Joey Cifelli ’23
In twilight, we find ourselves caught in the center of a pane of glass, held between fingers of Sun, Moon, soft darkness, dull light. A time when the sharp edges and corners of our world grow weary. The Sun, which welds shut the door to mystery, is not so fiery anymore. Cracks open and out crawl the nameless parts of reality, which shrivel and die under definition. They roost atop our world’s laws, bending them a hair away from their usual uniformity. The fun is in seeing what comes along to fill in the gaps. Certainly, it is uncertain. 8.2/10.
On days such as this, when there is a stark and asymmetrical formation of clouds, we might observe them and question their origin. We have a pretty good idea that these things are made of water, and that is pleasing in itself. The water molecules making up these fibrous bunches have been all around the world, in our oceans, in our bathtubs, even inside our own bodies. Millions of years, and here they are, for us to observe. Now they’re gone, and the arrangement captured here will never exist again. One miniscule speck on an infinitely large, infinitely chaotic canvas. What a beautiful world we live in. 8.2/10.
It was another stormy night. The sea raged and roiled in the darkness, smashing black waves like krakens against the jutting coastal rocks. The lighthouse stood above the chaos. Further above the moon shone, its moonlight soft and muted through the nighttime clouds, and whatever drops of light that came through were quickly swallowed by the turbulent waters. The grass was black, the soil black, even the air itself felt dark and thin, as if at any moment it would fade away completely. The only substantial light in the scattered coastline came from the old lighthouse. It was not the white, commanding light of the tower’s guidelights, but something gentler. A warm, golden light that felt rich and substantial against the wispy air, like honey pouring into rubbing alcohol. 8.4/10.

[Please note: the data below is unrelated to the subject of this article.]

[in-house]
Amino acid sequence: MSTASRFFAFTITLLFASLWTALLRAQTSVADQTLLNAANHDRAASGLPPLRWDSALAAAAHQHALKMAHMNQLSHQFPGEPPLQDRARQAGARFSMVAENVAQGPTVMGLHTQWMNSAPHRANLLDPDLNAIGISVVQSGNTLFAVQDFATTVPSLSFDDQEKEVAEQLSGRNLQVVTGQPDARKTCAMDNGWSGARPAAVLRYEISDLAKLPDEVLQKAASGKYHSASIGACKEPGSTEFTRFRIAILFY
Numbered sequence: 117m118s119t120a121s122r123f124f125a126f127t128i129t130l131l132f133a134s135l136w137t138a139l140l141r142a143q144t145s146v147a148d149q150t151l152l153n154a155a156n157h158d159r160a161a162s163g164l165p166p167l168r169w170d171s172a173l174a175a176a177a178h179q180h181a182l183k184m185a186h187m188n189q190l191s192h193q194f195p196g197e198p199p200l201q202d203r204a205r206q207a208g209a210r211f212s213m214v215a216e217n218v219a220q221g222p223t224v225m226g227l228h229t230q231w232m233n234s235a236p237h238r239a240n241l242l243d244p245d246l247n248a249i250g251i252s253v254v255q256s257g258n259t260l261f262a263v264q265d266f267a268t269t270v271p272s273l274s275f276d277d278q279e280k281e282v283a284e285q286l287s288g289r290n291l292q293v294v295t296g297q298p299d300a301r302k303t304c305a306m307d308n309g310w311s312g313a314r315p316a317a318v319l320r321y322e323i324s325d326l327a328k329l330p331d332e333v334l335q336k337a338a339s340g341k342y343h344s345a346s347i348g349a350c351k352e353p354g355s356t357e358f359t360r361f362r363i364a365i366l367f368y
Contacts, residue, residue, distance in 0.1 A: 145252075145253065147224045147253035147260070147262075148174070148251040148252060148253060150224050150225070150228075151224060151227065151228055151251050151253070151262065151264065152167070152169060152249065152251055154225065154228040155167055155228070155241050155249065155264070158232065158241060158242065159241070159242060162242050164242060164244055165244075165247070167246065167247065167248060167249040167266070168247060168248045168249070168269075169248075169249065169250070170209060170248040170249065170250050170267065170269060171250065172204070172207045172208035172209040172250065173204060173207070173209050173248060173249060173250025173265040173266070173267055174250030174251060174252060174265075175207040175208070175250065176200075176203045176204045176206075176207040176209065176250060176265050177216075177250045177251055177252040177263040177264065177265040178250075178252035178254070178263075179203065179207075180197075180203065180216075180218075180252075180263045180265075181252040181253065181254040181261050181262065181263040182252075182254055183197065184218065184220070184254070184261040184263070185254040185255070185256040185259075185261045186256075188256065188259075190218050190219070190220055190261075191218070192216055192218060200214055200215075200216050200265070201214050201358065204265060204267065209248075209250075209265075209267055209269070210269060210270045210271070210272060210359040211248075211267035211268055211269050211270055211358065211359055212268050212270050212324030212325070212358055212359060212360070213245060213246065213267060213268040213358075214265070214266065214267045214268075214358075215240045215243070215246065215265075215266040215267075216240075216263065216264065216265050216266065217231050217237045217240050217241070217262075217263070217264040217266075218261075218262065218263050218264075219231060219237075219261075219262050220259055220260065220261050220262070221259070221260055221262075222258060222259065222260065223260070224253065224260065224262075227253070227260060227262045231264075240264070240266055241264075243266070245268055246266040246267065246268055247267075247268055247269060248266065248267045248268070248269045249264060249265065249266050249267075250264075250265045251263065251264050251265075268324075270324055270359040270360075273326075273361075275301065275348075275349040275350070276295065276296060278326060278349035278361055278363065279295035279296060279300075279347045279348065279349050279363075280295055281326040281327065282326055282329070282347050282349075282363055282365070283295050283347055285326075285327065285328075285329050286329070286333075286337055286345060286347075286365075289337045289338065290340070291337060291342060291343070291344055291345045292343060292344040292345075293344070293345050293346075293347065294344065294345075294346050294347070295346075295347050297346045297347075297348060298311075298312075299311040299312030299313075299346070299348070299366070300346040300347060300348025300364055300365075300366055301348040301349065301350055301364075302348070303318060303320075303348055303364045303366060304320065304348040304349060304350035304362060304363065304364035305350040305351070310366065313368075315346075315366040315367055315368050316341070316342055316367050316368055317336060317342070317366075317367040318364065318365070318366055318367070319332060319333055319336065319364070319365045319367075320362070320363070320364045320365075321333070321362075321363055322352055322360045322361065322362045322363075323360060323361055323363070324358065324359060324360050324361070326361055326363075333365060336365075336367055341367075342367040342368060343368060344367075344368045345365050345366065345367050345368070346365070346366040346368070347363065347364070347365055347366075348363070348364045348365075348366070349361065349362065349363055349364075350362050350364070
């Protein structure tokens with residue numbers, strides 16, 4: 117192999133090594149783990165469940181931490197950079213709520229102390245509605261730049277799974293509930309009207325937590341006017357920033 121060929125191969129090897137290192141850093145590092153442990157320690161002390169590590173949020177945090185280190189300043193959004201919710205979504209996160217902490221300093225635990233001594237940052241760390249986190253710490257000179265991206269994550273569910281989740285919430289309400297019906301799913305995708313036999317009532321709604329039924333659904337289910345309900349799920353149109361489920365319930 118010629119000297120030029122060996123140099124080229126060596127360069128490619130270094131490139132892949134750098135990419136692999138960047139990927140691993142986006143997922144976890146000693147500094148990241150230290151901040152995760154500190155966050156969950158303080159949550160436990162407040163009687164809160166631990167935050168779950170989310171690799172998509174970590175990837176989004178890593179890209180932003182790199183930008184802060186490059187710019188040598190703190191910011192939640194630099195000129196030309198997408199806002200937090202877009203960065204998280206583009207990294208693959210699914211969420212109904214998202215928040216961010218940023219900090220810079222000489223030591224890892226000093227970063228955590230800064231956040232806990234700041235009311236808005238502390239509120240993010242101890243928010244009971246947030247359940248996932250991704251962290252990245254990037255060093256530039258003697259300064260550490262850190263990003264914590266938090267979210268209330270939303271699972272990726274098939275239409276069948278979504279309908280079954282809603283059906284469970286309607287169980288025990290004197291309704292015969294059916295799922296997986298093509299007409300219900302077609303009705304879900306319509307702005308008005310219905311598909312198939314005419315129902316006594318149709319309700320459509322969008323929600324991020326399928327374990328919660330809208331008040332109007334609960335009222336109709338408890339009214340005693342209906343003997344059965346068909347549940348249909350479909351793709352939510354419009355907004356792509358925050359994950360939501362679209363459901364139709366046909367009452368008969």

The light popped and burbled and dripped against the coarse stones of the lighthouse. It was alive, and wherever it touched the darkness shattered into pieces and cool warmth flowed into the space that was left. The boy in the window watched the light with wonder as it spilled out of his room into the night. He pressed the tips of his toes into the carpet and pressed his face against the glass. His breath fogged the glass and sealed the light inside, and once more the darkness seeped into the air. And in the always dark, in the pitch night, sound itself was swept behind the curtains, and nothing breathed, nor buzzed, nor clicked in the silence that swallowed the old lighthouse by the sea. 8.4/10.